I open the book, start reading and HELLO NAUGHTY BITS. And we didn’t even have dinner first! But rather than feeling cheap and used, I was instantly captivated. The story and each of Leo’s “lessons” with Hannah are told in such a matter of fact tone that the erotic elements of the story fit instantly into place. After all, they are driven entirely by education- right? Leo introduces our sheltered little heroine to vast array of experiences that aren’t usually mentioned in polite conversation. Rather than coming across as just a story full of cheap thrills, their encounters instead serve to highlight the bleakness of Hannah’s situation to such an extent that you can’t help but wish for it, if only for her sake.
The story fit perfectly within the space constraints of a novella (one doesn’t always need three entire novels worth of gratuitous sex to get the point across) and I liked that it stayed within a nice, neat, tidy little space in Hannah’s world. Inevitably, their naughty trysts led to an emotional attachment, albeit a risky one, where Hannah is concerned. And I do so love a good romance. Even more to its credit, it’s surprising well written, and brief enough to not be dampened by repetition.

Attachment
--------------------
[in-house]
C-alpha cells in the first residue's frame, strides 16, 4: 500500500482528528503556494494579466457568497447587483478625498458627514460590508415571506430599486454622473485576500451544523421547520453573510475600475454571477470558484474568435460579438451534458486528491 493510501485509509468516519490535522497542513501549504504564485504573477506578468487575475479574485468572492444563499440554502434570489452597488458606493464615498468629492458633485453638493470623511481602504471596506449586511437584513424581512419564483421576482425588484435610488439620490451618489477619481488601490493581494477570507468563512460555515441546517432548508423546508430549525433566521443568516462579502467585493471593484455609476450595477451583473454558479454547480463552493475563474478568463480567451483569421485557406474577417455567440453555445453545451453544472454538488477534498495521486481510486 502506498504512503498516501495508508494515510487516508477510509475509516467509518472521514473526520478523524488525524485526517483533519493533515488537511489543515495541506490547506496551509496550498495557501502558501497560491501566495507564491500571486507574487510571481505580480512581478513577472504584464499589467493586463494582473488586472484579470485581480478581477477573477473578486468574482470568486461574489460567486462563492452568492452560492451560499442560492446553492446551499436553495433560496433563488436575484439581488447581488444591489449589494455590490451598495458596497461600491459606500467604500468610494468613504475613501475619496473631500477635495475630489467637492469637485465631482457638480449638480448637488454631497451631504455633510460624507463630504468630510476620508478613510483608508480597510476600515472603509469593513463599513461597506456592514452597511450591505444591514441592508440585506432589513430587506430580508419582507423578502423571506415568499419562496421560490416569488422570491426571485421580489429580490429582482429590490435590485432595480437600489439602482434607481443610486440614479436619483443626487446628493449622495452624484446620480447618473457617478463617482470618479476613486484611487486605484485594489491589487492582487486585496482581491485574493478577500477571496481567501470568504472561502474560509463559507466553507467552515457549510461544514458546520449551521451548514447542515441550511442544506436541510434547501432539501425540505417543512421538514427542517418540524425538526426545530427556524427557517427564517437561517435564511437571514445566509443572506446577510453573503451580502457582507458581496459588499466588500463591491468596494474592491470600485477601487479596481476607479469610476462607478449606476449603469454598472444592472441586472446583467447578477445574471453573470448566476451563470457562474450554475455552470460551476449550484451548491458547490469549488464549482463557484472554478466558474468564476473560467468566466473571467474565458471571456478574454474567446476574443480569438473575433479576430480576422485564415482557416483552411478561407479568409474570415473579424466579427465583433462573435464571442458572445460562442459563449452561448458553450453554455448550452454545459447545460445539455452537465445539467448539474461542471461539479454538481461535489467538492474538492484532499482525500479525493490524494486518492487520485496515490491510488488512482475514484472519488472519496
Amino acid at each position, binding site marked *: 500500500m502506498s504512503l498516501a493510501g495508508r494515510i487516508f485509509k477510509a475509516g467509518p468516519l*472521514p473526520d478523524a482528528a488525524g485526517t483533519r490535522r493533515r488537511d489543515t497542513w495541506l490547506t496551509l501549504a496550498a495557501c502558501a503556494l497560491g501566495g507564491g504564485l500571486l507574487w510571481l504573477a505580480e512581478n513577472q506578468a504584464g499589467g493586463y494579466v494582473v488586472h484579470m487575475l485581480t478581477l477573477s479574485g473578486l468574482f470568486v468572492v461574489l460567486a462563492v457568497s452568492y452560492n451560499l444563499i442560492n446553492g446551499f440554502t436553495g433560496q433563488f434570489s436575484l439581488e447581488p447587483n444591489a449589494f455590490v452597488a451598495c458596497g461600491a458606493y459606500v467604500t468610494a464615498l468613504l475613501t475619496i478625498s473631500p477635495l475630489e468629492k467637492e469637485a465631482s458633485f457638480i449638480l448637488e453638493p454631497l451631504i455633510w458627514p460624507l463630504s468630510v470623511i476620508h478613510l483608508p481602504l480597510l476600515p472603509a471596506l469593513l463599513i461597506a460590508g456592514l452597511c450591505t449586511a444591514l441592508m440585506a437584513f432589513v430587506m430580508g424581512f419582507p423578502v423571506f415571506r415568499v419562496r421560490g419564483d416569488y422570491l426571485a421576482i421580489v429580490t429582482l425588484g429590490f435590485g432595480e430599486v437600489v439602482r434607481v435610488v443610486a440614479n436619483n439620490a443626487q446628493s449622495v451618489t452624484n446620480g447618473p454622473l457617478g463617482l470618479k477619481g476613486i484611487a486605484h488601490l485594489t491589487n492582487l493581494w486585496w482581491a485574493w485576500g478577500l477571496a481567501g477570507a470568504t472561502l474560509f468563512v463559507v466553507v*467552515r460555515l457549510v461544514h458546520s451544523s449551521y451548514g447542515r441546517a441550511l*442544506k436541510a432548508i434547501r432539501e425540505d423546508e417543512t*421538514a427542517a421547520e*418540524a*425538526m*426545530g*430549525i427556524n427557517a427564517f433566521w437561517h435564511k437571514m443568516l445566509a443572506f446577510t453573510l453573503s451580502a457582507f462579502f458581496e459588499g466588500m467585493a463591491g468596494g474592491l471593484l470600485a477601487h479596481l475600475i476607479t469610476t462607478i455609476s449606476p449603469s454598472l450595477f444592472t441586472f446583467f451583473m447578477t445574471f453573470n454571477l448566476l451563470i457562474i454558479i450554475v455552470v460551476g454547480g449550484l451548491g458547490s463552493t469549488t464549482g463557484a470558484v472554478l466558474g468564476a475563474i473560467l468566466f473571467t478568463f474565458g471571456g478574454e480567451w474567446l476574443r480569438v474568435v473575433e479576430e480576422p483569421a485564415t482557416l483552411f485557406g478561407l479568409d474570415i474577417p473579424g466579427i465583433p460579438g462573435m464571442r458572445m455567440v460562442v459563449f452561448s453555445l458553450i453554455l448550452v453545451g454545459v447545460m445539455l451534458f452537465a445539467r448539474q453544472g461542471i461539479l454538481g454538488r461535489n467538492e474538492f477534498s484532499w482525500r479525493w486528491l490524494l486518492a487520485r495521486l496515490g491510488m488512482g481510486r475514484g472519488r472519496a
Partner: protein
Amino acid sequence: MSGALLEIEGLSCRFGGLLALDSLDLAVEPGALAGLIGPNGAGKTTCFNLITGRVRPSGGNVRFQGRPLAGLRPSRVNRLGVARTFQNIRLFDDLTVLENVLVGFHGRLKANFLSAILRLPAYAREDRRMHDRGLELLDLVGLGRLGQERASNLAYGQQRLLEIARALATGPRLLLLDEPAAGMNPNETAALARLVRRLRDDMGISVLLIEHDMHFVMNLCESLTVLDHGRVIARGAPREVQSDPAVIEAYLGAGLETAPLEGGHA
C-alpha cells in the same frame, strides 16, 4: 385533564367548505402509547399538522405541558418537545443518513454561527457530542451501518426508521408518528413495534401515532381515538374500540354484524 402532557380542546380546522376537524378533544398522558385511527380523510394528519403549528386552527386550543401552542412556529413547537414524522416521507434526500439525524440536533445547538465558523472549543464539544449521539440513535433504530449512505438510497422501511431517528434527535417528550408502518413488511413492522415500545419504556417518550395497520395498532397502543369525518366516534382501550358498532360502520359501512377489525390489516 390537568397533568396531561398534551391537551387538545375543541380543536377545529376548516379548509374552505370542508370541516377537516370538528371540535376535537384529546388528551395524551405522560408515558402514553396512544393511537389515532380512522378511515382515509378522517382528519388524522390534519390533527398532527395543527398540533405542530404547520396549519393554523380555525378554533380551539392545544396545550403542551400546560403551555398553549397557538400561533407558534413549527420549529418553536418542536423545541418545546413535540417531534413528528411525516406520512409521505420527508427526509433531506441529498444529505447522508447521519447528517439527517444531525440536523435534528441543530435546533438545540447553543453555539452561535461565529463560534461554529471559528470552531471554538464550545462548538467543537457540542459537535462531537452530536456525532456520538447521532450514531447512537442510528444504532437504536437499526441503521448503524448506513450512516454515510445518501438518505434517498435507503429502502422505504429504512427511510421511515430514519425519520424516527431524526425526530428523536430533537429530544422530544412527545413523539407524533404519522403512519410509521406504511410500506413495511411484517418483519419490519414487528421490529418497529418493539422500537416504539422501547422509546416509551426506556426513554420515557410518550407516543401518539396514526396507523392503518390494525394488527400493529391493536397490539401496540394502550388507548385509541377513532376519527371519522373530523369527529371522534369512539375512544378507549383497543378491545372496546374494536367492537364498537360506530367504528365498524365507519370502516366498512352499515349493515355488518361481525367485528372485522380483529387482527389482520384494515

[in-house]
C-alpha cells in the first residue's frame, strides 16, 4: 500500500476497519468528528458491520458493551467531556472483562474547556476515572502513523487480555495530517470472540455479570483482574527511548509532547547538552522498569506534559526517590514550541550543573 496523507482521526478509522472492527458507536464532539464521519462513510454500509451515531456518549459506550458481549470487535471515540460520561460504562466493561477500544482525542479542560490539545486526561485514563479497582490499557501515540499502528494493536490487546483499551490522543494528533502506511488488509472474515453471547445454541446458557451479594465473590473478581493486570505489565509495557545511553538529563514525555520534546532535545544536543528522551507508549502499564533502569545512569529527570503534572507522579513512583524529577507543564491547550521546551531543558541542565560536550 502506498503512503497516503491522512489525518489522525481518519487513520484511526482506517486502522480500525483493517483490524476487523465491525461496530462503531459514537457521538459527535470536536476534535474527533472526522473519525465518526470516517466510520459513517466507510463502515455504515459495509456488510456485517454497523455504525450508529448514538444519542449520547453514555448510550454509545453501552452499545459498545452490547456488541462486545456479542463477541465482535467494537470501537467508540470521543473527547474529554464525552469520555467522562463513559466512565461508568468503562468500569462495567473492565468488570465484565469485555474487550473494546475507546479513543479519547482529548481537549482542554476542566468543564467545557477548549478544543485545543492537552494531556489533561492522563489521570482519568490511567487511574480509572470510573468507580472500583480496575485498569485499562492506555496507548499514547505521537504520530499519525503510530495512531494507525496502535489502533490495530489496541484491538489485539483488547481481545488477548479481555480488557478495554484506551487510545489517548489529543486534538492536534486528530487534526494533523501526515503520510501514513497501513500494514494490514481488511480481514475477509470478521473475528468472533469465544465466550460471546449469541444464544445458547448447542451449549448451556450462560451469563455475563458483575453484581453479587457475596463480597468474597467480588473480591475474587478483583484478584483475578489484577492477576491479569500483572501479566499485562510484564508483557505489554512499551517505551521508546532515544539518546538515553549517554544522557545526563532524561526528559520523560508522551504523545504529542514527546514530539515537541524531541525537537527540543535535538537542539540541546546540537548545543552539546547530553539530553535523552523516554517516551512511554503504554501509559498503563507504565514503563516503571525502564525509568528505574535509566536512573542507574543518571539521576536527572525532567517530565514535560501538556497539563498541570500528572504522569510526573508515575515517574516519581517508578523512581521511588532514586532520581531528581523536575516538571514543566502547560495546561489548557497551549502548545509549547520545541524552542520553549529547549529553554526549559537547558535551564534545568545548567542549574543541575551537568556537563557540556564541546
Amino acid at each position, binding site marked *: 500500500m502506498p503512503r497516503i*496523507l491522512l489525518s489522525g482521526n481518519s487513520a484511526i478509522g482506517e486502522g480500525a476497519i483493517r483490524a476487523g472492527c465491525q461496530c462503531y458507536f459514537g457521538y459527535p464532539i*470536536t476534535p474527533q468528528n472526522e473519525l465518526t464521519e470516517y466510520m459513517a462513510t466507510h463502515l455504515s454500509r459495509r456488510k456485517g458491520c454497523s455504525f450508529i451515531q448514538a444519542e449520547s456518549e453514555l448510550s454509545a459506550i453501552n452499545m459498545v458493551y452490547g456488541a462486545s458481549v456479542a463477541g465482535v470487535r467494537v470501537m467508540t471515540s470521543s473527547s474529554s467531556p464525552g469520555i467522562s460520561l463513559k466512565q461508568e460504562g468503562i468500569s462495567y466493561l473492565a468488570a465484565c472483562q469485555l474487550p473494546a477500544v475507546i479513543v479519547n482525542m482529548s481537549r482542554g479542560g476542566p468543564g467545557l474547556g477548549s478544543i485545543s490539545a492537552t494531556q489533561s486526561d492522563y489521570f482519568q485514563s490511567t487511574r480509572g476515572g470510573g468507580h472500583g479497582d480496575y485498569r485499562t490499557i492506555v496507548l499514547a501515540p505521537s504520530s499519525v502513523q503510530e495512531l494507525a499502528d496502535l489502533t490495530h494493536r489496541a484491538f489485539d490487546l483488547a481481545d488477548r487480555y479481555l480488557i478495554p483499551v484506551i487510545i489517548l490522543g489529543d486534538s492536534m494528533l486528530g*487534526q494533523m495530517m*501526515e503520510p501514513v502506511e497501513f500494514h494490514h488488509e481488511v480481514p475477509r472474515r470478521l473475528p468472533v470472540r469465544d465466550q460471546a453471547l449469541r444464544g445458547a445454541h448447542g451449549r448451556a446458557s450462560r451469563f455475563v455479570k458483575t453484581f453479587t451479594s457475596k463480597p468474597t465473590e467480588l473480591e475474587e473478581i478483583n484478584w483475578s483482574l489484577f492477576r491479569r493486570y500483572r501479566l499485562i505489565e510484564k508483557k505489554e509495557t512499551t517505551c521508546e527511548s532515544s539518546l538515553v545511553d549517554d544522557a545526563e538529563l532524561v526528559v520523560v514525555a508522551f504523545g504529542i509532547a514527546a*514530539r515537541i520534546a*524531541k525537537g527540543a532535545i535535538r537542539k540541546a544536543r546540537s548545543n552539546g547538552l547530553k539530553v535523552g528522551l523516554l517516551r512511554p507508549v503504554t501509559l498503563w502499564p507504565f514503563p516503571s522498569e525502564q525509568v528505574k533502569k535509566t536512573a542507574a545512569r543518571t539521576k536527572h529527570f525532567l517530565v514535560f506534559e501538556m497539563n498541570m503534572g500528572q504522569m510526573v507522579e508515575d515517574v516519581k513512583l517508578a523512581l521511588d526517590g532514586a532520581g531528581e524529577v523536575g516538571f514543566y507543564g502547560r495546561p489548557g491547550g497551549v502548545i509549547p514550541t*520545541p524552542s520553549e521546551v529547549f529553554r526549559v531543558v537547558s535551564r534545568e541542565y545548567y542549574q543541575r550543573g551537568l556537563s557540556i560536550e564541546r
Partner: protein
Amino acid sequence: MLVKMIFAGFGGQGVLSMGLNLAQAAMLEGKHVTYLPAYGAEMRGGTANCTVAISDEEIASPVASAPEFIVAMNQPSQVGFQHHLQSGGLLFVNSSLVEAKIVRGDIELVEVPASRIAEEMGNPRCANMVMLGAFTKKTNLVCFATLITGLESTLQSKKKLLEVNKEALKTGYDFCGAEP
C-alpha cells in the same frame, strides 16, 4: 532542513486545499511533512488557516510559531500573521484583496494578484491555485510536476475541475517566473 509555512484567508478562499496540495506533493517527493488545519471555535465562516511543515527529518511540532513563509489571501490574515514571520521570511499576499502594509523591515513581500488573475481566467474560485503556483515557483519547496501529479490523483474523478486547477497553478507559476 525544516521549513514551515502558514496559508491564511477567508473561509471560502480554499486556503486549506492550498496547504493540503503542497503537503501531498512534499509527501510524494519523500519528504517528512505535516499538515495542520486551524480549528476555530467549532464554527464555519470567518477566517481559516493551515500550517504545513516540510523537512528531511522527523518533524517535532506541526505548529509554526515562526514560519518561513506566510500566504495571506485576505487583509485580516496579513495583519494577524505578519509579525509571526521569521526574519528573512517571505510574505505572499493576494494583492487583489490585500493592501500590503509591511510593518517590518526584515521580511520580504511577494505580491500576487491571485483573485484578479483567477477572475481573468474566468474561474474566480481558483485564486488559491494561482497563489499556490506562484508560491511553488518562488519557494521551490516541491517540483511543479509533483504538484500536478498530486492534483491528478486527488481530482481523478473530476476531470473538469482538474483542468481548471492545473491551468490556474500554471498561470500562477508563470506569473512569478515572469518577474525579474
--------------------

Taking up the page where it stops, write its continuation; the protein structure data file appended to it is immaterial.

This is my first experience with a title from Carina Press, an imprint of Harlequin that boasts more than a few saucy eBook titles.
A Rogue By Any Other name
Author: Sarah MacLean
Date: February 28, 2012
From Goodreads: What a scoundrel wants, a scoundrel gets . . .